I thank the Minister, and welcome him to a speaking part in our proceedings. He and I have had a few sedentary conversations during the course of the proceedings, but this is the first time that he has had the opportunity to strut his stuff.

I welcome the sensible way in which the hon. Gentleman has approached this issue, as is normally the case. However, I simply do not buy the constant refrain that, somehow, changes in the criminal law and in our statute are made for the purpose of sending messages. We do not send messages by having laws or making changes in laws that are inappropriate. The focus of our concern, quite properly, is the exploitation of young people. We have rightly created offences in that respect, and we want them to be used to the greatest possible extent to reduce this type of offending. We want our investigative and prosecuting authorities to do everything within their power to ensure that people who exploit children for sexual purposes are arrested, prosecuted, and given get the appropriate punishment.

That goes without saying, so what we are talking about is whether the provision for the criminalisation of young people in this respect is a vestigial provision. I  think that the Minister has answered that question by giving the numbers involved: two cautions and one prosecution, I think he said. In the context of the modern approach to these matters, the offence is no longer necessary or useful—that is shown by the figures. Having recognised that fact, we as legislators should remove from the statute book a measure that is no longer sensible or useful. The message, if one was being sent, was being sent before that, precisely as he said, in the treatment of young people for sexual offences, and the guidance that has been given. That is the message: it is guidance that gives the message, and law that states the offence. In my view, there is not an offence in this instance: that is shown by the figures and by the principles that the Minister has outlined.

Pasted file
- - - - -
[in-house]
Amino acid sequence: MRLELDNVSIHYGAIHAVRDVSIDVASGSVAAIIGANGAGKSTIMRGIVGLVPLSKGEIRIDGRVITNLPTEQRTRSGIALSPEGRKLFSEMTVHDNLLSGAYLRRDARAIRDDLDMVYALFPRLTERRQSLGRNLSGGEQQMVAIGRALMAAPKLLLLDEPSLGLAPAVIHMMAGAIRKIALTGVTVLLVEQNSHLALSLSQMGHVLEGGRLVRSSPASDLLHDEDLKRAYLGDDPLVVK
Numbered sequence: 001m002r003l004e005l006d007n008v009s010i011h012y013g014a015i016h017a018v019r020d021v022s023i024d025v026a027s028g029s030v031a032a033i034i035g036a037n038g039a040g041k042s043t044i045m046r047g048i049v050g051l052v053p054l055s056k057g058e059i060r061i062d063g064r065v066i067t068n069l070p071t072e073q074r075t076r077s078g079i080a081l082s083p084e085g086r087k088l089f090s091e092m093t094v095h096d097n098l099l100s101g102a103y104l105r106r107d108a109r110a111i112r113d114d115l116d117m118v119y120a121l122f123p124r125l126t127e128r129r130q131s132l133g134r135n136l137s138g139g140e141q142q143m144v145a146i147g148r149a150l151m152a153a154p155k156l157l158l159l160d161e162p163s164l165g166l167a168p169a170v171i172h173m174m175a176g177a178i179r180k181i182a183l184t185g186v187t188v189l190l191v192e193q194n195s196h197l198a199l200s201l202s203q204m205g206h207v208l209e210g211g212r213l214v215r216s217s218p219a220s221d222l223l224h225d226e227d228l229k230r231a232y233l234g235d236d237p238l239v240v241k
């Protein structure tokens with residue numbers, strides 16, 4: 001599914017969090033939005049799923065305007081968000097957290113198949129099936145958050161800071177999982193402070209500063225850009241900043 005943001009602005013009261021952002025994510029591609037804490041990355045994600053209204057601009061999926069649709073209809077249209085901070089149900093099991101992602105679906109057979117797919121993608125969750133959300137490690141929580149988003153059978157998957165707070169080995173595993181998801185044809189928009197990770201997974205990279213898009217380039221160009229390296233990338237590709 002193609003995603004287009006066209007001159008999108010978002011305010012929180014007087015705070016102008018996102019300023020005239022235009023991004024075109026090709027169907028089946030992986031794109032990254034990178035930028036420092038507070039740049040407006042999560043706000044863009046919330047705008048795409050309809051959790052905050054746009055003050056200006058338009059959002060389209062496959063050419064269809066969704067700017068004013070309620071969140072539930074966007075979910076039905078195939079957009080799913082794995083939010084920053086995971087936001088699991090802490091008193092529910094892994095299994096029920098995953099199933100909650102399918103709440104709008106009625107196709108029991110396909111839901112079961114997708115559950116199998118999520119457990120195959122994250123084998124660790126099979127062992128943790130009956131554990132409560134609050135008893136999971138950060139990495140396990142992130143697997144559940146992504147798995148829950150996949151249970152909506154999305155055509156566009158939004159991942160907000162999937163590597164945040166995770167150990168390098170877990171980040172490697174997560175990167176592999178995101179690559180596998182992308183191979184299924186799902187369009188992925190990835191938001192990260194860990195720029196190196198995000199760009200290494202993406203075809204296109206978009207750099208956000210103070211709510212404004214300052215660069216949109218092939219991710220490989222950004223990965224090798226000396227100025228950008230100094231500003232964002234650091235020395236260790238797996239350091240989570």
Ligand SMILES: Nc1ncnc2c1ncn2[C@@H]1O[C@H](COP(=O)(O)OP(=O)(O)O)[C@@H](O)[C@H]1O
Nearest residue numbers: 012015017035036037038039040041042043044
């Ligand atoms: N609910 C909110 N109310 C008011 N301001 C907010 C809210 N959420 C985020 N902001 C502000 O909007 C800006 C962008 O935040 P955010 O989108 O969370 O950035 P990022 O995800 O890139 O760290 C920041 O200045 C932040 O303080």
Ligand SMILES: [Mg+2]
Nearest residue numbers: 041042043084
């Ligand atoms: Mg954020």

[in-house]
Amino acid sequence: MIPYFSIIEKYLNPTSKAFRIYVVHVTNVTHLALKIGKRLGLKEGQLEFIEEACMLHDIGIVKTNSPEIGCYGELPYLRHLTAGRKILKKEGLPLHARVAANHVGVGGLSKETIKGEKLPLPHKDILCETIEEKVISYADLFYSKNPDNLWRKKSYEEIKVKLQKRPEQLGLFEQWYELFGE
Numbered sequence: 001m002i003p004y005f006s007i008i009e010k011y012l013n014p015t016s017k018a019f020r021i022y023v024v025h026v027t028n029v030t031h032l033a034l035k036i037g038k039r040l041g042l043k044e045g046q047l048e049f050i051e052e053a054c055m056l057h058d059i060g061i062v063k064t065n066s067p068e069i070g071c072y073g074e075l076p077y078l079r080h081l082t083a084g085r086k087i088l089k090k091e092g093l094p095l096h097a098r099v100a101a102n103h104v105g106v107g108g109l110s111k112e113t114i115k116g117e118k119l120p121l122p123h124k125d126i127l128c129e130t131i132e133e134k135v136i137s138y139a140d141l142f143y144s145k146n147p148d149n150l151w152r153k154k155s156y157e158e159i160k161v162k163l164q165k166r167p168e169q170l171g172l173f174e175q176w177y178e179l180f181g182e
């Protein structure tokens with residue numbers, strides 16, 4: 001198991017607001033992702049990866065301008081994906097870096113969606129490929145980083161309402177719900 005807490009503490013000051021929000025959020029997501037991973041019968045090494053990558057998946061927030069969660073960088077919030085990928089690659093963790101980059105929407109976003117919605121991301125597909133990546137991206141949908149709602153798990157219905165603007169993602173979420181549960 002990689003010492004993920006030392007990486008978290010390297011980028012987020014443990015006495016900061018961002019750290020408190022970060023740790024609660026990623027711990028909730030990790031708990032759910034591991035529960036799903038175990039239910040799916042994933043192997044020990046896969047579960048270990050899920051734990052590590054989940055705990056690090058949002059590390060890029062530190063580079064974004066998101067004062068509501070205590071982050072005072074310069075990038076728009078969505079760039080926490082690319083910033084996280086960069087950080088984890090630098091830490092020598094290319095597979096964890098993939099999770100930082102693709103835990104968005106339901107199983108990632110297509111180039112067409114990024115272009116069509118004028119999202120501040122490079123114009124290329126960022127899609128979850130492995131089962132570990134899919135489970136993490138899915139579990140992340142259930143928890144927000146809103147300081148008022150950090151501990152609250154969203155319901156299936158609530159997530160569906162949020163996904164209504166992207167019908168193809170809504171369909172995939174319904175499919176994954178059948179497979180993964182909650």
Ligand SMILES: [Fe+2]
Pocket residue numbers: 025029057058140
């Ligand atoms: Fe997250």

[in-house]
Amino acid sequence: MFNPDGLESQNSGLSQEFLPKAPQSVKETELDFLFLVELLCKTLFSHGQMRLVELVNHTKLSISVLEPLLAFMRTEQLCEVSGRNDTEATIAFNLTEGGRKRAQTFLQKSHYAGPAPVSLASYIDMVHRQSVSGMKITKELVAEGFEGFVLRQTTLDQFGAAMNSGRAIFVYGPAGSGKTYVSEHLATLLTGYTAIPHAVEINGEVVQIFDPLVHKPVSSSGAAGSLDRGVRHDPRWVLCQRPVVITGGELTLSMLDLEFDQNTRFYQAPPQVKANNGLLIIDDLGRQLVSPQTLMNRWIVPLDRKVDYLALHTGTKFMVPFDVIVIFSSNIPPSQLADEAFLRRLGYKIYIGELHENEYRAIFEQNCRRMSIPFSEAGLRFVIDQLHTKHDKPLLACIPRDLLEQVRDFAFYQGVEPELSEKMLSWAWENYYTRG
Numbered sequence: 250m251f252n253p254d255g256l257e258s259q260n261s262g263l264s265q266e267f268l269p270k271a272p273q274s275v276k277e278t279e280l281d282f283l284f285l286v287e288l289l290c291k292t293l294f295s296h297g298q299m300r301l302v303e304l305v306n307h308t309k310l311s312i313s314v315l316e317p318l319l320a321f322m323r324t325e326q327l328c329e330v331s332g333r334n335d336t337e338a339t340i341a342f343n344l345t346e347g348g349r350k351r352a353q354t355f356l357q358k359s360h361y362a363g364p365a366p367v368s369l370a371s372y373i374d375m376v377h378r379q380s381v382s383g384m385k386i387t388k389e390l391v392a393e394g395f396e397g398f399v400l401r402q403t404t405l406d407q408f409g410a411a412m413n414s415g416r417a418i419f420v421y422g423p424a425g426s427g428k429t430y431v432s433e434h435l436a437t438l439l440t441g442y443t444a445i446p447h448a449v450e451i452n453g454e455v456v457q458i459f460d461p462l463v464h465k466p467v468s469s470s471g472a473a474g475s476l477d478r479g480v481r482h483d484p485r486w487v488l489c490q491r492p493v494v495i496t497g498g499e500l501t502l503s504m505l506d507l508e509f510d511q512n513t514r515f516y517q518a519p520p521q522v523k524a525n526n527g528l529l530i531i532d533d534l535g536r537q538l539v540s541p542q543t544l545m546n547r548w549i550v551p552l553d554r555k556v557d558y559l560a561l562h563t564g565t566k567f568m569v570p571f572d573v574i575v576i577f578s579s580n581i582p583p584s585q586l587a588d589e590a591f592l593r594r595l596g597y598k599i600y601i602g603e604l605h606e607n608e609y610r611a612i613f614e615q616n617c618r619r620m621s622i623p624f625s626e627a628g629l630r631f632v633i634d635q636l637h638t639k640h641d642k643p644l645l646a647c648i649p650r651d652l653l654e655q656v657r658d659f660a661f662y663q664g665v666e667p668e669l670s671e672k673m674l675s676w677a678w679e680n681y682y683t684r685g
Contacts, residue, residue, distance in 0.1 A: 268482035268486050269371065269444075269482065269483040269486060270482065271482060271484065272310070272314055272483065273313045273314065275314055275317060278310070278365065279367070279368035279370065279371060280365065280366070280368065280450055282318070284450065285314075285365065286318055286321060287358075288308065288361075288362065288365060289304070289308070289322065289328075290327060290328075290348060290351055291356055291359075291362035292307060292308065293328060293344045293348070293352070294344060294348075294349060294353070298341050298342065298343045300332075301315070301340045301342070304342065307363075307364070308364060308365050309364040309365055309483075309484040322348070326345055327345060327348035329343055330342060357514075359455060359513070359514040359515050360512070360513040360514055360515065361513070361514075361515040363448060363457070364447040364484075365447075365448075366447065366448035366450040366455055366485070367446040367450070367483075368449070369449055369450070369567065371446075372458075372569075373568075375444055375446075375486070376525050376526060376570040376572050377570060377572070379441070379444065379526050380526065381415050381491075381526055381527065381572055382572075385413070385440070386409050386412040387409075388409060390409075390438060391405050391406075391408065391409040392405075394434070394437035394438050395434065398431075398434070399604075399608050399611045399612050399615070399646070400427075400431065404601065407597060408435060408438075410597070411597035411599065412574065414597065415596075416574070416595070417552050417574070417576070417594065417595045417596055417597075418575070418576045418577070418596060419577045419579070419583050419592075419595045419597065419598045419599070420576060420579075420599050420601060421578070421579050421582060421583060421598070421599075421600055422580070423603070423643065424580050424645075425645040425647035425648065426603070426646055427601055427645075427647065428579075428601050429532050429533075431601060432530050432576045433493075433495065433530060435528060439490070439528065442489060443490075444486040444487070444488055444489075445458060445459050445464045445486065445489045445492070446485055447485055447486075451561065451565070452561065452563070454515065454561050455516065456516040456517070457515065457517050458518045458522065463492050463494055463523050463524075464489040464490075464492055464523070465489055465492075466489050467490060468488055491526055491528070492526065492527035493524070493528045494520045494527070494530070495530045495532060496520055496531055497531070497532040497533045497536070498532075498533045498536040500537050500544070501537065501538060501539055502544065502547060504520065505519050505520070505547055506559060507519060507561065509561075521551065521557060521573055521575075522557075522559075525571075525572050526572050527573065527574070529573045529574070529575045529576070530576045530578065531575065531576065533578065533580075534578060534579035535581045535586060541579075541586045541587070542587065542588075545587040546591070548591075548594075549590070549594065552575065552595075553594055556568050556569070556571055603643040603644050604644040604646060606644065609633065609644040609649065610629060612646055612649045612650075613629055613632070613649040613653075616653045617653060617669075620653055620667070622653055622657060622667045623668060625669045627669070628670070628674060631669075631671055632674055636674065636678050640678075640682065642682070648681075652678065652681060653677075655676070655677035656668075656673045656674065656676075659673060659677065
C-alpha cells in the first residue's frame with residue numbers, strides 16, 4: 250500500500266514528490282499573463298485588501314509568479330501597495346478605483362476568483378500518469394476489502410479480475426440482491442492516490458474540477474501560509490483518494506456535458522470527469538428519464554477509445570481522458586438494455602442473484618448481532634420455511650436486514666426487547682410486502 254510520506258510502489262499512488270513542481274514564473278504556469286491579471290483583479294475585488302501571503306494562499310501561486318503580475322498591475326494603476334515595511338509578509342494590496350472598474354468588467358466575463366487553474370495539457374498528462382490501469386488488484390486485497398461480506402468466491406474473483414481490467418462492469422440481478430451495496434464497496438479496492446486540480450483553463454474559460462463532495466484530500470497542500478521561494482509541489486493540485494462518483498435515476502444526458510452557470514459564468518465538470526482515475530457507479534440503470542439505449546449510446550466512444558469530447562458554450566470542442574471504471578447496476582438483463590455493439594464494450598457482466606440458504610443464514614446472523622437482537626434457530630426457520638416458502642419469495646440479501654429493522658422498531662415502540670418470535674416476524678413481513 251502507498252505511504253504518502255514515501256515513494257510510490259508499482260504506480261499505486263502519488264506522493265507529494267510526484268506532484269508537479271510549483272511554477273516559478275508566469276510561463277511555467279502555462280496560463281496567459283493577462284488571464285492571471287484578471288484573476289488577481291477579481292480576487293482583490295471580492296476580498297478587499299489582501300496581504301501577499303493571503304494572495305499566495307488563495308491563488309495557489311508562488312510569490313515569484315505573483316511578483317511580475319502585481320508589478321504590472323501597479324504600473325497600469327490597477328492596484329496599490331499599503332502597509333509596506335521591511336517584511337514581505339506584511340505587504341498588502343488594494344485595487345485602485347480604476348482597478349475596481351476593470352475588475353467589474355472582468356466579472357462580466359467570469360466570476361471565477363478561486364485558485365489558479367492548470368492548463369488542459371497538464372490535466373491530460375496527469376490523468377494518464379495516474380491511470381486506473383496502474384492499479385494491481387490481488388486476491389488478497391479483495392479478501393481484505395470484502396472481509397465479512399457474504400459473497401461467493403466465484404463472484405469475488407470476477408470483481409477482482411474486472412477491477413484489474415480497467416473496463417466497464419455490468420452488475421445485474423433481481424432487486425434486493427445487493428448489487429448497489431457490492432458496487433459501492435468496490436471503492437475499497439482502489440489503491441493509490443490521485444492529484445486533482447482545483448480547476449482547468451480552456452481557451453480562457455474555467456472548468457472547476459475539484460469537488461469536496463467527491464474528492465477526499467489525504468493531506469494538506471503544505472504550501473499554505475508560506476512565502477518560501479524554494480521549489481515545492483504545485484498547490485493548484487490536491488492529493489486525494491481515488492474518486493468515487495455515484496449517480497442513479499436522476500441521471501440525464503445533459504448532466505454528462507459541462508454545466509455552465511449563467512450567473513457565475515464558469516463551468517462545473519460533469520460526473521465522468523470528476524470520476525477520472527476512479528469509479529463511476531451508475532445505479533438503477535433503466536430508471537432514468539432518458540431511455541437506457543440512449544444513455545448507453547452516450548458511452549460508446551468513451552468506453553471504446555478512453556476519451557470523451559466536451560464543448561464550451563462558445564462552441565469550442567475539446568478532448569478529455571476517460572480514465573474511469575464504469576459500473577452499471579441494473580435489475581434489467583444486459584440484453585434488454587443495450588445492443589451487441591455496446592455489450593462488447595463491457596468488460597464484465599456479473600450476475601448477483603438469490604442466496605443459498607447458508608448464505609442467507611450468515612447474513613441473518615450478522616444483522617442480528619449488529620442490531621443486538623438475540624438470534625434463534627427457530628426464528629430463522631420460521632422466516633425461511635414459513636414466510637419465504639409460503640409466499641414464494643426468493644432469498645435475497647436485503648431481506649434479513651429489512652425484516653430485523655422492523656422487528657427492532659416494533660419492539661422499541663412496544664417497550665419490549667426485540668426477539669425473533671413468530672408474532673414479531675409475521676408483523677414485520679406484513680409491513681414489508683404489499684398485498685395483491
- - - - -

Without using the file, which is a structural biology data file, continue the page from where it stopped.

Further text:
The Minister says that he will consider my proposal, and I really do hope that he does, because it would be a small but significant step forward in the law. I hope that he will put aside the consideration that he might be accused of somehow being soft on child sexual exploitation or something like that. In the context of the Bill, it would be absurd to keep a law in place simply because somebody might misconstrue its removal. I think that that was the only real argument that he used to suggest that the measure should be retained. In the light of what he said, I am very happy for him to consider the matter further, and I hope that we will come back to the subject on Report in this House. If we do not, I suspect that the job will be done in another place, whether he likes it or not. Such is the way of these things, but I think that it would be better if the House of Commons dealt with it and determined that this offence no longer has its place on our statute book. On the basis that I reserve the right to bring it back at a later stage if we are not satisfied that the matter has been properly dealt with, I beg leave to withdraw the amendment.

Amendment, by leave, withdrawn.

Clause 71 ordered to stand part of the Bill.